Concept

Archaeological science

Summary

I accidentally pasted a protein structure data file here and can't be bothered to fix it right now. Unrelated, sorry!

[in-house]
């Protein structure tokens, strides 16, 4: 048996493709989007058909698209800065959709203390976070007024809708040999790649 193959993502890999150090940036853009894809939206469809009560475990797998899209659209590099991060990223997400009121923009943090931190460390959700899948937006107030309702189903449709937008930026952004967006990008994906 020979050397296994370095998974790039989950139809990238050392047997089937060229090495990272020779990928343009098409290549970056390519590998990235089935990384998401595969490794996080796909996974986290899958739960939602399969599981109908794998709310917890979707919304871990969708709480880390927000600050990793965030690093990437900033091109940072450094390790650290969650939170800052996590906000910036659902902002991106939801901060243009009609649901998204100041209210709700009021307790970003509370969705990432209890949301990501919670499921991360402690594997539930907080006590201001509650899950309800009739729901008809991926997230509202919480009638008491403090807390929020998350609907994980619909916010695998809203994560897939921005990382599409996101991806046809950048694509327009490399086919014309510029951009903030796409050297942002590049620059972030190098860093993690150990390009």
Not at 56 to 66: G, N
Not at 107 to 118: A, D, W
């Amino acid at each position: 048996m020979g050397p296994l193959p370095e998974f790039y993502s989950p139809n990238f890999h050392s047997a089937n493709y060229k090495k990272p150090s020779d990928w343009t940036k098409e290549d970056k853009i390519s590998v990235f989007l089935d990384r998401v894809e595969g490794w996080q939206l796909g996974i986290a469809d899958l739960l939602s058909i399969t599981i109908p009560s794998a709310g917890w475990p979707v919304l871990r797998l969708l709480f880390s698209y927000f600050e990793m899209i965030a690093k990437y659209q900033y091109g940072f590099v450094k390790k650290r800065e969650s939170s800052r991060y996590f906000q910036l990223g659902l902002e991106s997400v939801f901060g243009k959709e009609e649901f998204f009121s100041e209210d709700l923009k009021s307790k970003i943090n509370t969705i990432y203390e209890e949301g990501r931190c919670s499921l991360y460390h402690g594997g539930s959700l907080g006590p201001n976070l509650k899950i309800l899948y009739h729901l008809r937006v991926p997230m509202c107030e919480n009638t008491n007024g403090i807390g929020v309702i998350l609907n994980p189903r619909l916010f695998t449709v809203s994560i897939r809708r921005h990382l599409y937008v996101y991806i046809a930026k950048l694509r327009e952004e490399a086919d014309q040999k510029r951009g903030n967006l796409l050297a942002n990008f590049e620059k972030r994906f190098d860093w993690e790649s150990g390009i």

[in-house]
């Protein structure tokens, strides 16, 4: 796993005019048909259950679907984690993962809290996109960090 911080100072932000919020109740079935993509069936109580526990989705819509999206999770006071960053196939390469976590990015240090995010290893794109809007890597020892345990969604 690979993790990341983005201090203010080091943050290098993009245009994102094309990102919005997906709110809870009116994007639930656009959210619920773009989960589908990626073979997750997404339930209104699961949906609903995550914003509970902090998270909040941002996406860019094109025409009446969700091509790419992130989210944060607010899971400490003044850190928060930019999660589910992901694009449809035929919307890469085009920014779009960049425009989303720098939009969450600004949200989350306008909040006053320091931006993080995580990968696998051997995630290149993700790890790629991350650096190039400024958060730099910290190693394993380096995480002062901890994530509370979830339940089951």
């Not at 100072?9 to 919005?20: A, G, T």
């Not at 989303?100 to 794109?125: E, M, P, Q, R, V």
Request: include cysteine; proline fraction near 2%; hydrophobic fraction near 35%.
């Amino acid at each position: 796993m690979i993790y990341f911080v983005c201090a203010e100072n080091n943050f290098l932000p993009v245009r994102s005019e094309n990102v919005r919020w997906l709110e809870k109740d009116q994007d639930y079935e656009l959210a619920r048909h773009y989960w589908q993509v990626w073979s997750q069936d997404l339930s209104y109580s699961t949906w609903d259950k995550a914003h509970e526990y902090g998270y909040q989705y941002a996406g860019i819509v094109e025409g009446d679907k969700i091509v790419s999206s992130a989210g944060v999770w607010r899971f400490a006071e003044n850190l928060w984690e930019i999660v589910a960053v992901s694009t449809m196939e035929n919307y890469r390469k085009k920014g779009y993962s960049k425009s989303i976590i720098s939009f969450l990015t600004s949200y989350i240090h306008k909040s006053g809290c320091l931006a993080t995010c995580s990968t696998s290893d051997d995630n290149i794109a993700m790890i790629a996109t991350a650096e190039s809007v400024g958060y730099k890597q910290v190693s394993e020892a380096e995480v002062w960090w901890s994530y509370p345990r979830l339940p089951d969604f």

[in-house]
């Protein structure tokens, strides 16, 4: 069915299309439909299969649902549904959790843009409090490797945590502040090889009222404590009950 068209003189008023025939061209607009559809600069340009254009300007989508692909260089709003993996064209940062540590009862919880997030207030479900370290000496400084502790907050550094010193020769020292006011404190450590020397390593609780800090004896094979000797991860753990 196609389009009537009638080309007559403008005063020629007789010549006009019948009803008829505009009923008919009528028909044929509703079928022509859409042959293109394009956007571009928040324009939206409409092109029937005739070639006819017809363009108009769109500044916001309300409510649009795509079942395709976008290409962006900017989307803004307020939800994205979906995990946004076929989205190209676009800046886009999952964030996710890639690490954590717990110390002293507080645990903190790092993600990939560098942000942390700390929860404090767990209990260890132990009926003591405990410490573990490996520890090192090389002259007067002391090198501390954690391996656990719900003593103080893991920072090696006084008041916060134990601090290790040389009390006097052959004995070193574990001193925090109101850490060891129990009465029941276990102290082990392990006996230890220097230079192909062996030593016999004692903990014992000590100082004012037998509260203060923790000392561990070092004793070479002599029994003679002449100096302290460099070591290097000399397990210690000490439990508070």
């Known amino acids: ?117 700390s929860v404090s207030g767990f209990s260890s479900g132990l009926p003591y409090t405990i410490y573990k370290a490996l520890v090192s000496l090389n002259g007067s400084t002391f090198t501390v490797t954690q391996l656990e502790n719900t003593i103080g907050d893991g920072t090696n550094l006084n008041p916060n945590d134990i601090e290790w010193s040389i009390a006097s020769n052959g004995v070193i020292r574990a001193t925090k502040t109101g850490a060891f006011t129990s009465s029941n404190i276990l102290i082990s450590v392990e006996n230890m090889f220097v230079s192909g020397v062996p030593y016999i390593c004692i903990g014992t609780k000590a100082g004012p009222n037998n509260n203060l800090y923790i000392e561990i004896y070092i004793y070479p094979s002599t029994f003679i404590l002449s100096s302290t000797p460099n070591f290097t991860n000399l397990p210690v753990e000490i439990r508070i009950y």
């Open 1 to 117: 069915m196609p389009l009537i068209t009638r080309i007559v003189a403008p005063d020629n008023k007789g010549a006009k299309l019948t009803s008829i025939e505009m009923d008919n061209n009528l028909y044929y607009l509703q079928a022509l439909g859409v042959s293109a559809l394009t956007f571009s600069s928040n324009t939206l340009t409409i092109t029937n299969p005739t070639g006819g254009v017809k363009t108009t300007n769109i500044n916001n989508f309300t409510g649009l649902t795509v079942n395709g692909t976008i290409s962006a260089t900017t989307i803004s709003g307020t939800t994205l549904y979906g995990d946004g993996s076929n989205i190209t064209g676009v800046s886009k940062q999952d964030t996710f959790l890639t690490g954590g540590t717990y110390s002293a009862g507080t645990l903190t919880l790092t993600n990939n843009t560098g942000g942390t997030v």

Archaeological science, also known as archaeometry, consists of the application of scientific techniques to the analysis of archaeological materials and sites. It is related to methodologies of archaeology. Martinón-Torres and Killick distinguish ‘scientific archaeology’ (as an epistemology) from ‘archaeological science’ (the application of specific techniques to archaeological materials). Martinón-Torres and Killick claim that ‘archaeological science’ has promoted the development of high-level theory in archaeology. However, Smith rejects both concepts of archaeological science because neither emphasize falsification or a search for causality. In the United Kingdom, the Natural and Environmental Research Council provides funding for archaeometry separate from the funding provided for archaeology. Archaeological science can be divided into the following areas: physical and chemical dating methods which provide archaeologists with absolute and relative chronologies artifact studies environmental approaches which provide information on past landscapes, climates, flora, and fauna; as well as the diet, nutrition, health, and pathology of people mathematical methods for data treatment (including computer-based methods) remote-sensing and geophysical-survey techniques for buried features conservation sciences, involving the study of decay processes and the development of new methods of conservation Techniques such as lithic analysis, archaeometallurgy, paleoethnobotany, palynology and zooarchaeology also form sub-disciplines of archaeological science. Archaeological science has particular value when it can provide absolute dates for archaeological strata and artifacts.
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